At meeting in Sharm el-Sheikh, Israel’s Prime Minister Bennett and Egyptian President El-Sisi agree to deepen ties between the two countries
It was the first Israeli prime ministerial visit to Egypt in a decade.
A statement released by the Prime Minister’s Office said the two leaders discussed a series of topics, including “ways to deepen and strengthen cooperation between the states, with an emphasis on broadening mutual trade, and a long series of regional and international issues.”Advertisement
Bennett thanked President El-Sisi for Egypt’s important role in the region and noted that in the over 40 years since it was signed, the peace agreement between the two countries continues to serve as a foundation for security and stability in the Middle East.
He als emphasized Egypt’s significant role in maintaining the security stability in the Gaza Strip and in finding a solution to the issue of the Israeli captives and missing.
The two leaders also discussed ways to prevent a nuclear Iran and the need to halt that country’s regional aggression.Advertisement
They agreed to continue deepening the cooperation and dialogue between the two countries in all spheres. ‘’During the meeting, first and foremost, we created a foundation for deep ties in the future,’’ said Bennett upon his return to Israel.
‘’Israel is increasingly opening up to the countries of the region, and the basis of this longstanding recognition is the peace between Israel and Egypt. Therefore, on both sides we must invest in strengthening this link, and we have done so today,” he said.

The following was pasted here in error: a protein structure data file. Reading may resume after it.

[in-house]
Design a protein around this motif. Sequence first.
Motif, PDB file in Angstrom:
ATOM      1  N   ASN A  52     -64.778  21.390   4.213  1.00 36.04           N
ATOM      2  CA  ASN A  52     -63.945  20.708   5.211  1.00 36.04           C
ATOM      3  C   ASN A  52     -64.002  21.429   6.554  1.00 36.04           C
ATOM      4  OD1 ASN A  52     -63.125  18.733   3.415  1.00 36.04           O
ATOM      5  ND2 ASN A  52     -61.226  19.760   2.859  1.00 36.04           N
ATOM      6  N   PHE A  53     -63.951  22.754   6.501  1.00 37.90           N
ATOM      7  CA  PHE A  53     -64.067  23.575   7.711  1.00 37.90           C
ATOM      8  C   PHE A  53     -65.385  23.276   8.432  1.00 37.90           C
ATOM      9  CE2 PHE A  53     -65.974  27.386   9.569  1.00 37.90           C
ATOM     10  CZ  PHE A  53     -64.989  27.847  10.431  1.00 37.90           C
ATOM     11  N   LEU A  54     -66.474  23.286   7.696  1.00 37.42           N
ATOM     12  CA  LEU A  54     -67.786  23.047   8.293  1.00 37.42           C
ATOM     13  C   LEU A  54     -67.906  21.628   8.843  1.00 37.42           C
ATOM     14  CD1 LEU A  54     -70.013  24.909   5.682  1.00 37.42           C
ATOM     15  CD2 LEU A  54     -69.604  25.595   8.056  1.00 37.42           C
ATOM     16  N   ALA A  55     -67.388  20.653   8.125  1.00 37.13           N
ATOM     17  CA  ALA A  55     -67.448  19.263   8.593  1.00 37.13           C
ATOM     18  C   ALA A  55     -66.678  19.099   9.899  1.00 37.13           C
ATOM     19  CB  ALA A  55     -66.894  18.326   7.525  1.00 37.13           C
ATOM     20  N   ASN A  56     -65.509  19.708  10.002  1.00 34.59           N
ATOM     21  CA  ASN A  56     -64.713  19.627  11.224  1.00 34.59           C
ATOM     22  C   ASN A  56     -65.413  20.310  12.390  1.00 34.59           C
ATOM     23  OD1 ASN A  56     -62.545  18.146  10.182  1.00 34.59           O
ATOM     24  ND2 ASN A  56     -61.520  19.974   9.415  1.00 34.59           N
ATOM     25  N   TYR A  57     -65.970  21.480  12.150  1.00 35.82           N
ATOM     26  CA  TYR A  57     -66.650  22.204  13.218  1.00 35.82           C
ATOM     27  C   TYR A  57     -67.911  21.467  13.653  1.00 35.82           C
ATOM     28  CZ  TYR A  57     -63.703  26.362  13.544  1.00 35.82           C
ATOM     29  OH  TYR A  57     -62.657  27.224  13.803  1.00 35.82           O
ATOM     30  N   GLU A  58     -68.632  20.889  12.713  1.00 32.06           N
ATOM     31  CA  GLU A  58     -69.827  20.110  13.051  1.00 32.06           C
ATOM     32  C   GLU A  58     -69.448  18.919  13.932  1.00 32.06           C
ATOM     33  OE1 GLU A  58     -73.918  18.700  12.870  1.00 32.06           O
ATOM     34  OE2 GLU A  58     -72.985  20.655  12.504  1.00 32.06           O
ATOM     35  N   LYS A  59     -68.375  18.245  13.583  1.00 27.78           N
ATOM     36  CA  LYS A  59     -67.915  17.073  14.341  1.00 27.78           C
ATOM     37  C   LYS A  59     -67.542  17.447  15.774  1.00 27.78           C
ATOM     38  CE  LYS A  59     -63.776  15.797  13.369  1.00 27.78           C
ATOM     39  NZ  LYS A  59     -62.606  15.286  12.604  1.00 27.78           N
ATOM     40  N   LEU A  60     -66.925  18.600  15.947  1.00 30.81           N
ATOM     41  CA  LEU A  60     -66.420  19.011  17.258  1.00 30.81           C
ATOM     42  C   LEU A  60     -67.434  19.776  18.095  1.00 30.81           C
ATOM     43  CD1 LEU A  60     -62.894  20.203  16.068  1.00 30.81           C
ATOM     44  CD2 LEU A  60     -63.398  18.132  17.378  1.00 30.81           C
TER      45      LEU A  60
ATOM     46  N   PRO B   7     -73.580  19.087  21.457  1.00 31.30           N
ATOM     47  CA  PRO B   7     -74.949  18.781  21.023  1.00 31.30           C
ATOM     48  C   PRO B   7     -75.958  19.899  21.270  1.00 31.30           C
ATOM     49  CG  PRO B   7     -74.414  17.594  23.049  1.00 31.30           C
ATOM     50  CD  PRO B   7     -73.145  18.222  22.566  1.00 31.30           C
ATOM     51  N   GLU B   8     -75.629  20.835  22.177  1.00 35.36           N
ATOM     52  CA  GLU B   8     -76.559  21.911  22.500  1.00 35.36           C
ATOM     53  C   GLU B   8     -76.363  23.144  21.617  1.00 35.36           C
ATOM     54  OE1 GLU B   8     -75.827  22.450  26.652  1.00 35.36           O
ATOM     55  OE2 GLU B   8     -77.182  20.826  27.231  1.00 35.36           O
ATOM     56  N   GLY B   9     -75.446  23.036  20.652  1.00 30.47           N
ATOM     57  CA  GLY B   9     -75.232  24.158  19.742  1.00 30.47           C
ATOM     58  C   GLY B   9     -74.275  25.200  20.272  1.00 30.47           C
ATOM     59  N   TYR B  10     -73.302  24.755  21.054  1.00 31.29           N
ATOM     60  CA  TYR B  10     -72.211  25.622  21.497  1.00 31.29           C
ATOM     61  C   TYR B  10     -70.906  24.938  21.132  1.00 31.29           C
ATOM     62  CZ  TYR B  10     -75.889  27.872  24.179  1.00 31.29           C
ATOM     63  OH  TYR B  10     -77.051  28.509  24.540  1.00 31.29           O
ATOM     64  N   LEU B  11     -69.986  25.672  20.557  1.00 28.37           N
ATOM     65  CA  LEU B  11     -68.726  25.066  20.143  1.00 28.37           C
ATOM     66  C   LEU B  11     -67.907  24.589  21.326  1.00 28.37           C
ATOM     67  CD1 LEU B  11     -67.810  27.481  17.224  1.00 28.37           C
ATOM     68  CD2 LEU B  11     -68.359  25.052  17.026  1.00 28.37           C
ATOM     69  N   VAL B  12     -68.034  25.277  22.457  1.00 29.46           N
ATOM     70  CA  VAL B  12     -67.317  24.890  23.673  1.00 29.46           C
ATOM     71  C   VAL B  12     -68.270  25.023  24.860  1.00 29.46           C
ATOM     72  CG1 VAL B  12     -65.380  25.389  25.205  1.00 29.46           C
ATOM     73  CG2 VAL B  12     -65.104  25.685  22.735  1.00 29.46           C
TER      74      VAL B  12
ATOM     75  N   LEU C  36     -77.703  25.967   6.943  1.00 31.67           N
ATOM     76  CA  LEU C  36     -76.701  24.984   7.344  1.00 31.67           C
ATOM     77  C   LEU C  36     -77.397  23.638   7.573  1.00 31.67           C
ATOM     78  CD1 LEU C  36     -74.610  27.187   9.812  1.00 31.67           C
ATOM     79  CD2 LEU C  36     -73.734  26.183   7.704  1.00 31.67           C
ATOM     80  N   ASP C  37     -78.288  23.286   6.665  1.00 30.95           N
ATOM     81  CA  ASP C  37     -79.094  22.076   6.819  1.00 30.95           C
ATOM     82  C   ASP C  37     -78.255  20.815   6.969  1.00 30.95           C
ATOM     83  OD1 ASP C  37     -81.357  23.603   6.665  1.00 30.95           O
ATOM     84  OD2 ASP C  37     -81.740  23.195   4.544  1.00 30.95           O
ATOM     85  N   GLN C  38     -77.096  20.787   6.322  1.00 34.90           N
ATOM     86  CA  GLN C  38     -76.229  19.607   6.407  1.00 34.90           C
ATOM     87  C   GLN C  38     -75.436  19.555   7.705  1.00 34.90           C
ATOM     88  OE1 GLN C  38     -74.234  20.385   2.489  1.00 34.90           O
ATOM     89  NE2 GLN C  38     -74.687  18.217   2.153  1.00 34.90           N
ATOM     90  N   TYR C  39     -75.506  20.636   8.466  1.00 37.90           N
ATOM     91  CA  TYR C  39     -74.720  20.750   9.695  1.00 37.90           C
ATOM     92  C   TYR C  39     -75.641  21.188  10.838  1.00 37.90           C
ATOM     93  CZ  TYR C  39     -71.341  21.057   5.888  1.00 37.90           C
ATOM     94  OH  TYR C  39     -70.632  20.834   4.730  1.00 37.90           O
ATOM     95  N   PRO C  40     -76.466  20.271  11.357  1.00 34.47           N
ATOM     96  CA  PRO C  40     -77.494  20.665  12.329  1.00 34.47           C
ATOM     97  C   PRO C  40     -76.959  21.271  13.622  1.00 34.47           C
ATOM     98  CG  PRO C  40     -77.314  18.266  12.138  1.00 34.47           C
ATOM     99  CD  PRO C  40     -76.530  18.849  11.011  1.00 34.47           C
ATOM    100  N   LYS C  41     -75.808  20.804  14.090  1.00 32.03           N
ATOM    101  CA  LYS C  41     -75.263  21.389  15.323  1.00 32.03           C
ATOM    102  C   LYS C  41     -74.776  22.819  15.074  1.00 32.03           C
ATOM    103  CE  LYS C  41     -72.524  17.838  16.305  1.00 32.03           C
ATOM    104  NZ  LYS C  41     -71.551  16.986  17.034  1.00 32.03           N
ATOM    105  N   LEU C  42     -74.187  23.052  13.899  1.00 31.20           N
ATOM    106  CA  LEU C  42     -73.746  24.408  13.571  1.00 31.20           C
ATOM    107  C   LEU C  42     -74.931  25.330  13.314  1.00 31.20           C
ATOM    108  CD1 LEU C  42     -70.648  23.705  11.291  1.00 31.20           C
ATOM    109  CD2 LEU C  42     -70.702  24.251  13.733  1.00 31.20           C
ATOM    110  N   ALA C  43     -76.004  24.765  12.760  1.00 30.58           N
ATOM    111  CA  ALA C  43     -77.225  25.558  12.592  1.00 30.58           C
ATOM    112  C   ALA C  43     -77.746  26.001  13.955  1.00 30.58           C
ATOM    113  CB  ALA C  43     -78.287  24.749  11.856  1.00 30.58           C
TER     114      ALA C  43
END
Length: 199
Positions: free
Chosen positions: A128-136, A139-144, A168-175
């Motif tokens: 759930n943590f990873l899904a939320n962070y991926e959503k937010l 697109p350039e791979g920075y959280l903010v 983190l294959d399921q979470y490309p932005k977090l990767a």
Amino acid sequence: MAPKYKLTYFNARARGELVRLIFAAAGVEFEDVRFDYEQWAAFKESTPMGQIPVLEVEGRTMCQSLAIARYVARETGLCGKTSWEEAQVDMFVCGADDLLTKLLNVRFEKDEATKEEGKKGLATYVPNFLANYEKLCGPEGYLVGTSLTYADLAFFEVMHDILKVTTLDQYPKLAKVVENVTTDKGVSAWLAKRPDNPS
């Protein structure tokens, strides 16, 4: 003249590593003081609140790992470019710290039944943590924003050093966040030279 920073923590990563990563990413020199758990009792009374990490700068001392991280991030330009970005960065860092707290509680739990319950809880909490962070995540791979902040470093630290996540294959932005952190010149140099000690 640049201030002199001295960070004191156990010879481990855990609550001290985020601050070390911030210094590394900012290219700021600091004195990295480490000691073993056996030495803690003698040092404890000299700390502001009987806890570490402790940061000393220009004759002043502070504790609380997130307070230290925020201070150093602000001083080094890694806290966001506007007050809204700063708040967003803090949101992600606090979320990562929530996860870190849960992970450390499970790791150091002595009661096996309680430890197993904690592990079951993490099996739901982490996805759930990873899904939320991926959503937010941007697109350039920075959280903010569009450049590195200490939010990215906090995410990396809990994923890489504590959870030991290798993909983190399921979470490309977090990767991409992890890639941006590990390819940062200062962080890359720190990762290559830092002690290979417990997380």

Bennett was the first Israeli Prime Minister to publicly visit Egypt since his predecessor Benjamin Netanyahu met with former Egyptian president Hosni Mubarak in 2011 also in Sharm El-Sheikh.
The Jerusalem Post noted that back then there was only one flag at the meeting, the Egyptian one. This time, the Israeli and Egyptian leaders sat next to flags from both countries.
In an unusual show of Egyptian comfort level with an Israeli high-level meeting, Sisi’s office announced Bennett’s presence in Sharm e-Sheikh, rather than leaving Israel to publicize the event.
Israel and Egypt signed a peace treaty in 1979, but it has been considered as a “”cold peace’’.
According to journalist Khaled Abu Toameh, an expert on Palestinian and Arab affairs, Egyptian President El-Sisi meeting with Bennett is part of Egypt’s efforts to resume its pivotal role in the Israeli-Palestinian conflict and Sisi’s effort to depict himself as a peacemaker and curry favor with the Biden administration.